Linguistic Adaptation in Semi-natural Dialogues: Age Comparison

  • Marie Nilsenová
  • Palesa Nolting
Part of the Lecture Notes in Computer Science book series (LNCS, volume 6231)


Speaker adaptation in dialogues appears to support not only dialogue coordination, but also language processing, learning and in/out-group manifestation. Presumably, speakers in various stages of their language development might exploit different functions and types of adaptation, but conclusive research in this area has so far been lacking. In the present study, we compare structural, lexical and prosodic adaptation in a semi-natural dialogue across two age groups, in adult-child and adult-adult dyads. The results of our experiments indicate that children take over the structural and lexical forms used by their dialogue partner more frequently than adults. Children also adapt to the pitch of the speaker they interact with more than adult participants. Irrespective of age, we found longer onset latencies following the experimenter’s question if the question had a non-canonical (declarative) form compared to a question with a canonical (interrogative) form. This can be seen as a manifestation of a processing advantage typically associated with the long-term effects of adaptation-as-learning.


adaptation alignment entrainment prosody boost effects 


Unable to display preview. Download preview PDF.

Unable to display preview. Download preview PDF.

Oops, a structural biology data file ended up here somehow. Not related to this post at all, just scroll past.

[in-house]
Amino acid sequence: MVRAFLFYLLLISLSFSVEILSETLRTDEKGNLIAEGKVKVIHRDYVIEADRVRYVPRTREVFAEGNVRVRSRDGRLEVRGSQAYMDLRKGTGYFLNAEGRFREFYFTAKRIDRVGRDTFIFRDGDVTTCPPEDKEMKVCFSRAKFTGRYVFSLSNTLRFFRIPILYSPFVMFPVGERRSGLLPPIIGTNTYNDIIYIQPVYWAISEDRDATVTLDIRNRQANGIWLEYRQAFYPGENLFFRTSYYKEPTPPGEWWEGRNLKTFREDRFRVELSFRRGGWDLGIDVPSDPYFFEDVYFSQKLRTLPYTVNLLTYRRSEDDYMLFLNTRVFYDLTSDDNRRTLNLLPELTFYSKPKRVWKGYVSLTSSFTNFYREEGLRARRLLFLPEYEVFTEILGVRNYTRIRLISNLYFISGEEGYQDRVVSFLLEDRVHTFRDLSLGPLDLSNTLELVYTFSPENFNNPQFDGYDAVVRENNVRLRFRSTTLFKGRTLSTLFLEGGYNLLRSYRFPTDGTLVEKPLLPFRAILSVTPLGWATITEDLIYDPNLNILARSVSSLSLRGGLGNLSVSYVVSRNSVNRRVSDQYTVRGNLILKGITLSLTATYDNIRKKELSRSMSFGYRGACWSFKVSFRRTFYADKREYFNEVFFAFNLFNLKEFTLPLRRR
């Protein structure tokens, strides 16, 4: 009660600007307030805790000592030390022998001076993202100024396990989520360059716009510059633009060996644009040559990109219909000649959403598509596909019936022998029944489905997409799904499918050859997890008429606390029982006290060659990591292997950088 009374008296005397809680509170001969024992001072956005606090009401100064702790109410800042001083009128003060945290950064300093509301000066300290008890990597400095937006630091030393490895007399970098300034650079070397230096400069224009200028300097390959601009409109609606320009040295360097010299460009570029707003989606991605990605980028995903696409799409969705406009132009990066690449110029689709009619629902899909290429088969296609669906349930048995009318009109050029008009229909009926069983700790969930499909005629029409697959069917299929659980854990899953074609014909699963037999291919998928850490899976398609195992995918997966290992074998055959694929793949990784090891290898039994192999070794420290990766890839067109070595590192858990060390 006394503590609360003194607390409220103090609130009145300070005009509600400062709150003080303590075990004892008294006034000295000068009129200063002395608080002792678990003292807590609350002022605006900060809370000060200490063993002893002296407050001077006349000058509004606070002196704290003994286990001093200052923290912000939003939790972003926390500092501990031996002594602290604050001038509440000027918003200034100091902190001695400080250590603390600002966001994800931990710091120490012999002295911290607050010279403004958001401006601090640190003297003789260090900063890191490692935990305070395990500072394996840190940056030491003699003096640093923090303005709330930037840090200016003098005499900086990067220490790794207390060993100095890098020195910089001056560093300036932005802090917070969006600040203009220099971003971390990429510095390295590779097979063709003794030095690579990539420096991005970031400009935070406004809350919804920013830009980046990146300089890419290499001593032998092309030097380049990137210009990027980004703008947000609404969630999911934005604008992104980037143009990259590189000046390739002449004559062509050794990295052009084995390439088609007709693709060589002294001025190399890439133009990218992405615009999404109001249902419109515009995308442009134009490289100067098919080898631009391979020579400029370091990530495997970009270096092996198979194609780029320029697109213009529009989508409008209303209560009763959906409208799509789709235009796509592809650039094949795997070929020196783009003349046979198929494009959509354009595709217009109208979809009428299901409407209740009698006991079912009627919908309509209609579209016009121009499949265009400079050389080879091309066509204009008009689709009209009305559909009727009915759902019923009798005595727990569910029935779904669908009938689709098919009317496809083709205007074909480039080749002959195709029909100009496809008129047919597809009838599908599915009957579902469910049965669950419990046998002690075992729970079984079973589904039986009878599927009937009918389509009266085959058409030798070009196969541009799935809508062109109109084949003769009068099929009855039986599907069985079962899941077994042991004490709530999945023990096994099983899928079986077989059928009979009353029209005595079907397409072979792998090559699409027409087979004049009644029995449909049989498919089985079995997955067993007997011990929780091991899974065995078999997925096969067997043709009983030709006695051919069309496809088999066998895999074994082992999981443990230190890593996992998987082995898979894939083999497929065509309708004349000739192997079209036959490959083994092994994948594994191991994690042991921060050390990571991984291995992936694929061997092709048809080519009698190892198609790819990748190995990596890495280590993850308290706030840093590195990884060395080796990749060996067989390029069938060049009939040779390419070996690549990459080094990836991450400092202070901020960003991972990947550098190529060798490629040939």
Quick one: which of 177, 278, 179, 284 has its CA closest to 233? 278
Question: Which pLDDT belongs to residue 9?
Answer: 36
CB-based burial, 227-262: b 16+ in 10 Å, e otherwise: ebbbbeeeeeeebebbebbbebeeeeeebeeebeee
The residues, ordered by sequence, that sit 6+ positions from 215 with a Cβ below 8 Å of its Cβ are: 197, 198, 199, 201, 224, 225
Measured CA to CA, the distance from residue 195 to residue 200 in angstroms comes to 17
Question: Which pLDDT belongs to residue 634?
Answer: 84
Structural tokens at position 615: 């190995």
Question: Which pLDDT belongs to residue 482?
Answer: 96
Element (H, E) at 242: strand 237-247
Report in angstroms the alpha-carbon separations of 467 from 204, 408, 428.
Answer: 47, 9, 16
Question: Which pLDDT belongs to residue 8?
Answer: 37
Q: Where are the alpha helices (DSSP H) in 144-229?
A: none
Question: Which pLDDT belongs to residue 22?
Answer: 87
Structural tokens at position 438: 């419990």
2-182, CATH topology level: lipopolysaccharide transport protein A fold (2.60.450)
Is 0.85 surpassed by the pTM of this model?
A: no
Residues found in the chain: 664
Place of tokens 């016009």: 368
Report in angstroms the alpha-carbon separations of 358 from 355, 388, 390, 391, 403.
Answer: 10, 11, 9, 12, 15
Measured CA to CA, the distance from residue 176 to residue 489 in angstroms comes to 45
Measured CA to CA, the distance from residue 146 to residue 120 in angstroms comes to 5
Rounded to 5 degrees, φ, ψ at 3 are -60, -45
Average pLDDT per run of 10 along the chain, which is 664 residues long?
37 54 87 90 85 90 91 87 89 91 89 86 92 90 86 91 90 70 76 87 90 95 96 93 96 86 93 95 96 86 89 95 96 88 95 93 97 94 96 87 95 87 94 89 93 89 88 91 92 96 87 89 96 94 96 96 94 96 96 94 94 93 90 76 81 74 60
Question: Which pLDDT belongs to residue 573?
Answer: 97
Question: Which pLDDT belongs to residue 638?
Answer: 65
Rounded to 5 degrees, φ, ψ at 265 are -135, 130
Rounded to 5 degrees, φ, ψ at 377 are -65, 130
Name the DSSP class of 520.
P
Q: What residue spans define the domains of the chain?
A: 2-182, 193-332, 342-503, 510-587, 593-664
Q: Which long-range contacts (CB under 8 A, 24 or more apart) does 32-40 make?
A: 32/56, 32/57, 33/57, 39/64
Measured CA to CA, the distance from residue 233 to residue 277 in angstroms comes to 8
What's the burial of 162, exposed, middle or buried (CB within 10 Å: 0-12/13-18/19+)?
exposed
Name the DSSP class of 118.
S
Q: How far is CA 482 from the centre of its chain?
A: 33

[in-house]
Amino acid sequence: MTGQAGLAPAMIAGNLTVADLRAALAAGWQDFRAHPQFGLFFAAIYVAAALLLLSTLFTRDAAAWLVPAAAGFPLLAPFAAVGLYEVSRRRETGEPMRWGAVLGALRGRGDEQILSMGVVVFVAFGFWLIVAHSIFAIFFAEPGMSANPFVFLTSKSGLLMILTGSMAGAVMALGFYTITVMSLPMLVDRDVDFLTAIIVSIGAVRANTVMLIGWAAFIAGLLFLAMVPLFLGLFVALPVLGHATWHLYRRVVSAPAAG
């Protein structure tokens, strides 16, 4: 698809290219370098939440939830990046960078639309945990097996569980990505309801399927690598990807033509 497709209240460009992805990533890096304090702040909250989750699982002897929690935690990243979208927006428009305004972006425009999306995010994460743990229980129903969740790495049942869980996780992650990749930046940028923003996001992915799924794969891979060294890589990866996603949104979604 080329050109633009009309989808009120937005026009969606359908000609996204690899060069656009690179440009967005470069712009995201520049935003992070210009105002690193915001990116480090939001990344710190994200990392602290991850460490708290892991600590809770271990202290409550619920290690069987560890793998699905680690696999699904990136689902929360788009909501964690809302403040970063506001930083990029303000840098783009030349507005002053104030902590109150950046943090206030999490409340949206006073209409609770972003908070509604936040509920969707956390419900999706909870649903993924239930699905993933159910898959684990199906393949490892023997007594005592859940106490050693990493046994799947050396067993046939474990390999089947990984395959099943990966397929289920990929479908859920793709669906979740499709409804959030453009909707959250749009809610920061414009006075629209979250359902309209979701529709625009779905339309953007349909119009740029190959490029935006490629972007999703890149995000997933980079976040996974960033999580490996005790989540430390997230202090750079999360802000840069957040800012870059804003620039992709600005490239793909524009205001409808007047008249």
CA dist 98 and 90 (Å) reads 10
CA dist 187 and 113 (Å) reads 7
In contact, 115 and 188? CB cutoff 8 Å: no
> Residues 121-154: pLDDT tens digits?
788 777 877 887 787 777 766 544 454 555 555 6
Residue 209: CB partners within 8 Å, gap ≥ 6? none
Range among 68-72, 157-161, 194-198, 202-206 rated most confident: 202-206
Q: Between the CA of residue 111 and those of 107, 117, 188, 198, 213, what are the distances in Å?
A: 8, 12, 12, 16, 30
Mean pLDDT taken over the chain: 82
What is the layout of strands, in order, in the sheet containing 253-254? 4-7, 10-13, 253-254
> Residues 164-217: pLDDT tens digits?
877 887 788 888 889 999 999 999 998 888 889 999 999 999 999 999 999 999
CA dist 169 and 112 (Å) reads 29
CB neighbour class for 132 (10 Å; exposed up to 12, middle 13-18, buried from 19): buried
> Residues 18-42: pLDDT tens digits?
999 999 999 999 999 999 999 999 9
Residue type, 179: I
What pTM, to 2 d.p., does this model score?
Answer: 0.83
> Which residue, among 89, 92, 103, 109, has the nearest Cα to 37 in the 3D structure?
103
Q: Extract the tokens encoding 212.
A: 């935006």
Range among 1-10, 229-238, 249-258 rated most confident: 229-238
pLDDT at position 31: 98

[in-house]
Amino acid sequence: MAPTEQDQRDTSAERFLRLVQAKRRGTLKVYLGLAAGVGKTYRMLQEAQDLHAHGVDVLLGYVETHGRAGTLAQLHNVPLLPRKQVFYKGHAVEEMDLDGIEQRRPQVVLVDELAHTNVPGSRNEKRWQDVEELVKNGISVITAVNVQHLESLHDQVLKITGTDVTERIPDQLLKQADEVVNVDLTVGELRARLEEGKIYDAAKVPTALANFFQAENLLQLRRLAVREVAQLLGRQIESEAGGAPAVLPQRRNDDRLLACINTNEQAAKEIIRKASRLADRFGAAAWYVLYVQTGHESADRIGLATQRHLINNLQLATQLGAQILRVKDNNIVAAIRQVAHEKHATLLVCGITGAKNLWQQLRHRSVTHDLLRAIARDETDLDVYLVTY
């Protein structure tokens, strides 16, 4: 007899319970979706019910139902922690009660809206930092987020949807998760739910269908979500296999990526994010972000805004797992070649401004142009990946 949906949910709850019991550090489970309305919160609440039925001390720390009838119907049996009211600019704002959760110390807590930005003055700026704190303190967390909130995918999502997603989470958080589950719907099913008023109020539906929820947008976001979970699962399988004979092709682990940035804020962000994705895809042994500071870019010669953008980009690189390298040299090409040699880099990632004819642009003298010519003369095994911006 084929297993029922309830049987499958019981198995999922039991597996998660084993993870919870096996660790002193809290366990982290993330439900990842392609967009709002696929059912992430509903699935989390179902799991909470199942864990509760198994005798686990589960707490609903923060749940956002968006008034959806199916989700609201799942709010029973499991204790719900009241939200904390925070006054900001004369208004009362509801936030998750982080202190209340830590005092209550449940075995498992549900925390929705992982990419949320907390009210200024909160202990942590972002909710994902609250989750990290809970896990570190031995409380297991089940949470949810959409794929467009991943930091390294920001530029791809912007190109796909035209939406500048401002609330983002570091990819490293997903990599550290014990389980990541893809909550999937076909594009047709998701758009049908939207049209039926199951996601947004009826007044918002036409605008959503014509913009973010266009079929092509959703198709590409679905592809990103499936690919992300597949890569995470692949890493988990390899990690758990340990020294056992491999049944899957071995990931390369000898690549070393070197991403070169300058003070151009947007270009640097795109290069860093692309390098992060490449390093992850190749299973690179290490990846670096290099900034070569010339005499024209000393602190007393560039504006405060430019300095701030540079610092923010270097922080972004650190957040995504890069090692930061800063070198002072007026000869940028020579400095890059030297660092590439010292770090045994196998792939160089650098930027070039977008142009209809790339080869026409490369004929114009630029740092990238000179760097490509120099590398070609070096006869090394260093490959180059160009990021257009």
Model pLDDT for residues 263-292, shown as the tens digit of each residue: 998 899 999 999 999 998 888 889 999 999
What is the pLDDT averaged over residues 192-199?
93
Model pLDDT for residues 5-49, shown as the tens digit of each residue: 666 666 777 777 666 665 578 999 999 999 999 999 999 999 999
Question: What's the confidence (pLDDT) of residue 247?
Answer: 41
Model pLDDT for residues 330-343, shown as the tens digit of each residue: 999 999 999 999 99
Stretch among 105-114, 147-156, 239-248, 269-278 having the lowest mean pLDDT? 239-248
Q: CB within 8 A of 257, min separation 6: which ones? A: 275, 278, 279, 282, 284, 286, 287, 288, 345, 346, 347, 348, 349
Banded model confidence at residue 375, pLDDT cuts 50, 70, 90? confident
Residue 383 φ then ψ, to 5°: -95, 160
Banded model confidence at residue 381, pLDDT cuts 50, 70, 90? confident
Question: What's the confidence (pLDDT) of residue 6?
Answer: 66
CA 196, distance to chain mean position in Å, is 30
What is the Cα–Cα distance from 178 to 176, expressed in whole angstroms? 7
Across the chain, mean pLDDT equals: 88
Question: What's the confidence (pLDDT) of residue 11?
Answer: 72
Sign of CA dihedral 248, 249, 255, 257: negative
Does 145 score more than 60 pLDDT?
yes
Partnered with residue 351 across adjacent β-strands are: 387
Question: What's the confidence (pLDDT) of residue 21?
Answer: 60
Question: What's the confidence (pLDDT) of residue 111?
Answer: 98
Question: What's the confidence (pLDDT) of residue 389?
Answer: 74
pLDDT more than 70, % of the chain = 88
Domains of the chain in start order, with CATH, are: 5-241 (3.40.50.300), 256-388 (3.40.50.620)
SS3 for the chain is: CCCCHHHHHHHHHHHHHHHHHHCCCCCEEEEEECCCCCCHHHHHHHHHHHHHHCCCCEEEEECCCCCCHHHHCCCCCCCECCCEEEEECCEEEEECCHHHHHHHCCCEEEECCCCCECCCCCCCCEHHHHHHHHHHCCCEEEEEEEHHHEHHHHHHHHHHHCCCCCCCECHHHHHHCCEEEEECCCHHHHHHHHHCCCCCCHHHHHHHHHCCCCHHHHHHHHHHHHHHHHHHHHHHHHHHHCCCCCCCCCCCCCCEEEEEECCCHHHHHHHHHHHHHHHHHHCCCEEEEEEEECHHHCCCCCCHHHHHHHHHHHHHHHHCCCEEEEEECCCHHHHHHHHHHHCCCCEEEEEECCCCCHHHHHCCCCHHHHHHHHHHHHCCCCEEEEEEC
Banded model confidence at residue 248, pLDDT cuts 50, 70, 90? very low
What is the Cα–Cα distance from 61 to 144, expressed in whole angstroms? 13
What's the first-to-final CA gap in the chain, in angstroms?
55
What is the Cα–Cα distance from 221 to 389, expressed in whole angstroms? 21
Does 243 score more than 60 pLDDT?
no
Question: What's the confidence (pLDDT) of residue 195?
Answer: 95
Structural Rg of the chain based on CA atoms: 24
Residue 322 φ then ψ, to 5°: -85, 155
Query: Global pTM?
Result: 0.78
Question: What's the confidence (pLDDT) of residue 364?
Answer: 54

1. 1.
    Garrod, S., Anderson, A.: Saying What You Mean in Dialogue: A Study in Conceptual and Semantic Coordination. Cognition 27, 181–218 (1987)CrossRefGoogle Scholar
  2. 2.
    Metzing, C., Brennan, S.E.: When Conceptual Pacts Are Broken: Partner-Specific Effects on the Comprehension of Referring Expressions. Journal of Memory and Language 49, 237–246 (2003)CrossRefGoogle Scholar
  3. 3.
    Garrod, S., Doherty, G.: Conversation, Co-Ordination, and Convention: An Empirical Investigation of How Groups Establish Linguistic Conventions. Cognition 53, 181–215 (1994)CrossRefGoogle Scholar
  4. 4.
    Branigan, H.P., Pickering, M.J., Pearson, J., McLean, J.F.: Linguistic Alignment Between People and Computers. Journal of Pragmatics (2008)Google Scholar
  5. 5.
    Levelt, W.J.M., Kelter, S.: Surface Form and Memory in Question Answering. Cognitive Psychology 14, 78–106 (1982)CrossRefGoogle Scholar
  6. 6.
    Bock, K.: SyntactIC Persistence in Language Production. Cognitive Psychology 18, 355–387 (1986)CrossRefGoogle Scholar
  7. 7.
    Pickering, M.J., Branigan, H.P.: Syntactic Priming in Language Production. Trends in Cognitive Science 3, 136–141 (1999)CrossRefGoogle Scholar
  8. 8.
    Gries, S.T.: Syntactic Priming: A Corpus-Based Approach. Journal of Psycholinguistic Research 34, 365–399 (2005)CrossRefGoogle Scholar
  9. 9.
    Liberman, P.: Intonation, Perception, and Language. The MIT Press, Cambridge (1967)Google Scholar
  10. 10.
    Nilsenová, M., Swerts, M.G.J., Houtepen, V., Dittrich, H.: Pitch Adaptation in Different Age Groups: Boundary Tones versus Global Pitch. In: Proceedings of Interspeech, Brighton, September 6-10 (2009)Google Scholar